Start the application: java -jar spring-cloud-dataflow-server-local-1.2.1.jar and in a web browser, invoke the dashboard at http://localhost:9393/dashboard. The dataflow server is just a simple spring boot app:

public class SpringDataFlowServerApplication {

    public static void main(String[] args) {
          SpringDataFlowServerApplication.class, args);

 And as usual you can customize it with databases , ports, views etc.

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Step 1

We will now register the applications we developed. Click on Register Applications and enter the application name, type – Source, Sink or Processor, and the maven url which is maven://<GroupId>:<ArtifactID>:jar:<version>. Doing this over and over 4 times can get tedious, so we do it all in bulk. We create a file called dataflow.config:


You can import a much more extensive list of pre-built applications from http://bit.ly/Celsius-M1-stream-applications-rabbit-maven for the Rabbit version and there is likewise a Kafka version.

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Step 2

Now that we have registered or applications and made the GUI aware of them, it is time to build the flow. Switch to the Streams tab on the top and then pick Create Stream. You will see all your apps on the left pane grouped by type. Now drag and drop the applications and connect them.

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Note that the upper panel shows the DSL corresponding to this flow. We use a ‘named source’ :RainSrc and connect it to the analytics Average via the DSL :RainSrc>Average

Now click Create Stream sub menu and fill out the name for each stream and optionally ask for the streams to be deployed. You will see a list of the flows you created and if not already deployed then deploy it. Go wash your car or wait for the swallows to come to Capistrano and eventually the legend will turn from ‘deploying’ to ‘deployed’.

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Step 3

Now go to the RunTime tab and click on the Sink say RainHouston.Logger and you will see the stdout location. Go to that file and see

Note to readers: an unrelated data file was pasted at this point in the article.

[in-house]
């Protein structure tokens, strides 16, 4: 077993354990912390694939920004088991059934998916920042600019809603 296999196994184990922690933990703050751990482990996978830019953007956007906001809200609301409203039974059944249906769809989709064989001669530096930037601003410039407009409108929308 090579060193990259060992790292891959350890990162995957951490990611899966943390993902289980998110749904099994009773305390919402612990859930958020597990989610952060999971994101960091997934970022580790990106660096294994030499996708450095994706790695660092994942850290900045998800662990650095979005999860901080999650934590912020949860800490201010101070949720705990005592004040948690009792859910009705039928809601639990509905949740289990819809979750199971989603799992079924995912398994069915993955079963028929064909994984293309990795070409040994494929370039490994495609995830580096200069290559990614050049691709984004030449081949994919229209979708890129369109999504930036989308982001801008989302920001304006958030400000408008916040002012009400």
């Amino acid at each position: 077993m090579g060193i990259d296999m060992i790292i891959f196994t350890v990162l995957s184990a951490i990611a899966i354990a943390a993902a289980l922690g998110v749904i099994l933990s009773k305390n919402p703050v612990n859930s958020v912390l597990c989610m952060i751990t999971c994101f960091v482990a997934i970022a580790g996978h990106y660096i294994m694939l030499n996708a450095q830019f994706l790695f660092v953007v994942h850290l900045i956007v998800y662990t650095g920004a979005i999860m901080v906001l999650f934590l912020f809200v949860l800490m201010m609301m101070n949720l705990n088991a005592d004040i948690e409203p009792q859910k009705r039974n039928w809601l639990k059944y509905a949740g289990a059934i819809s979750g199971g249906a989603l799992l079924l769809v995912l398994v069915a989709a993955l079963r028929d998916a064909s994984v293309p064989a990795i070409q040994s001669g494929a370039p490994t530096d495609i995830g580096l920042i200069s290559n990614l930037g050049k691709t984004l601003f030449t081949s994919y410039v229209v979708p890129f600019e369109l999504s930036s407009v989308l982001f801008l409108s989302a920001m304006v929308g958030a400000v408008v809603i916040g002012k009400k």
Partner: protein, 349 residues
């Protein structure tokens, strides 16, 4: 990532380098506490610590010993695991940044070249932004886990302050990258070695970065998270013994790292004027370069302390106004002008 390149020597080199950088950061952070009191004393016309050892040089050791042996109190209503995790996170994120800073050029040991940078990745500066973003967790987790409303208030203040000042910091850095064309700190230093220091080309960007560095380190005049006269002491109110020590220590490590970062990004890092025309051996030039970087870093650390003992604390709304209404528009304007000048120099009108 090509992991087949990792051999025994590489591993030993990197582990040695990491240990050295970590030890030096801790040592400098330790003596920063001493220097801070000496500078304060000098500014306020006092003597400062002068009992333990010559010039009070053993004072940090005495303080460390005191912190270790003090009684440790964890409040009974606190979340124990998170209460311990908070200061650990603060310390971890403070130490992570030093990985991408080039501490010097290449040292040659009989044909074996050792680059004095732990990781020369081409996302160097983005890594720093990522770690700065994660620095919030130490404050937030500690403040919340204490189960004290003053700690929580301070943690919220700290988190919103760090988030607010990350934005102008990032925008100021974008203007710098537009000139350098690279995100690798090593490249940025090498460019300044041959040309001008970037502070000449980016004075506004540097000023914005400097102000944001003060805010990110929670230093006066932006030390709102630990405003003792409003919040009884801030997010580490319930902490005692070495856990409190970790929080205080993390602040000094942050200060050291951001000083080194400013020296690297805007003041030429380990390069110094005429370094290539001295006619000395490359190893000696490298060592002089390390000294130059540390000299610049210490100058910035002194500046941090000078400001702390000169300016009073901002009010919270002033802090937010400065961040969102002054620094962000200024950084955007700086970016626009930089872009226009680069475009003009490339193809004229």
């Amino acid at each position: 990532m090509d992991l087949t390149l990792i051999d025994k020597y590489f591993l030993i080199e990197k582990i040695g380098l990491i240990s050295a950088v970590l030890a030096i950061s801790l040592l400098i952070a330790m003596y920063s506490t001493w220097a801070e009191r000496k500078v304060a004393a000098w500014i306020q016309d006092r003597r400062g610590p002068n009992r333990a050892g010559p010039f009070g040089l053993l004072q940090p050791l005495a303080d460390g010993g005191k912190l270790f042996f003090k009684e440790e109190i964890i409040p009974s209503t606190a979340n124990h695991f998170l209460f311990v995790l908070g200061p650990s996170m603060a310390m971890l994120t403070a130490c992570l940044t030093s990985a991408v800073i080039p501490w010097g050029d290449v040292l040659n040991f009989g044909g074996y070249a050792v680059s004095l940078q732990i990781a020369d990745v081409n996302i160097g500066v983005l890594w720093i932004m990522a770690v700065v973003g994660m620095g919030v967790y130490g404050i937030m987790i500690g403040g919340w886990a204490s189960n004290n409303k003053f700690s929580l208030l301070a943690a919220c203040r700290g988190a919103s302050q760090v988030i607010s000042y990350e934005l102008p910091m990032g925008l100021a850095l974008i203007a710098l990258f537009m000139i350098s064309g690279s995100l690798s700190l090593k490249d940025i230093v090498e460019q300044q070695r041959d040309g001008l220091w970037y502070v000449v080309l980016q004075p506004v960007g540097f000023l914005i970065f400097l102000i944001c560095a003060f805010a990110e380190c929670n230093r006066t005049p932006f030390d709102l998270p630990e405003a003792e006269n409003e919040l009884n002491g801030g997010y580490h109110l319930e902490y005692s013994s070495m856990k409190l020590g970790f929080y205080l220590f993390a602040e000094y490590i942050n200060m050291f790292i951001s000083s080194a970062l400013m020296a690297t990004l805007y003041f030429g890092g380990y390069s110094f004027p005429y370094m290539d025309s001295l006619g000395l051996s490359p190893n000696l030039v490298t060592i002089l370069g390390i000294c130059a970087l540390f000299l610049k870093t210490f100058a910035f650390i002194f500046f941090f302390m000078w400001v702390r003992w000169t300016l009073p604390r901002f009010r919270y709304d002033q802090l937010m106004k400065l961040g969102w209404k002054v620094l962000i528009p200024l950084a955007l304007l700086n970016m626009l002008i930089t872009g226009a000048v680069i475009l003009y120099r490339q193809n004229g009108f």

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Now that we have used the GUI to register the applications and build out the streams, let us see how to migrate it to another environment, say QA. I wish I could say that there is way to serialize this configuration but AFAIK there no such action in the GUI. So now we will script everything we have done so far.

First create a file, say dataflowShell.config:

app register --name RainSrc --type source   --uri maven://org.tn.dataflow:Spring-Cloud-Data-Flow-src:jar:0.0.1-SNAPSHOT
app register --name RainProcessor --type processor  --uri maven://org.tn.dataflow:Spring-Cloud-Data-Flow-Processor:jar:0.0.1-SNAPSHOT
app register --name logger --type sink --uri maven://org.tn.dataflow:Spring-Cloud-Data-Flow-Sink:jar:0.0.1-SNAPSHOT
app register --name Average --type sink --uri maven://org.tn.dataflow:Spring-Cloud-Data-Flow-Sink-Average:jar:0.0.1-SNAPSHOT
stream create --name RainInHouston --definition "RainSrc| RainProcessor|logger"  --deploy
stream create --name RainInHoustonAverage --definition ":RainInHouston.RainSrc>Average" --deploy

This is self-explanatory. First, we register the applications and then we create the streams and deploy them in one fell swoop.

Now download the dataflow shell jar from the repo.

Start up the shell as a jar applications – java -jar etc. with the option --dataflow.uri=<uri> where the uri is the uri of the QA server- the default is localhost:9393 which was used above. Shut down that server and start it again.

Now, in the command line of the shell:

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On the QA server dashboard, see that the apps are registered under the Apps tab and all the streams are deployed under the Streams tab. We have automated Steps 1 and 2. Just repeat Step 3 with Runtime and see the logs as before.

One drawback with what we have shown is that the definitions are not persisted so that every time you restart the server the dashboard is empty. Given that we can script the flow, it is no big deal, but this is because we are using the default H2 in-memory database. However, you can use a persistent store say, MySQL by starting the local server so:

java -jar spring-cloud-dataflow-server-local-1.0.0.BUILD-SNAPSHOT.jar \
    --spring.datasource.url=jdbc:mysql:<db-info> \
    --spring.datasource.username=<user> \
    --spring.datasource.password=<password> \

We have just scratched the surface. We can add analytics, tasks, jobs, etc. See the reference for many more details.

event driven architecture, microservices, spring boot, spring cloud, tutorial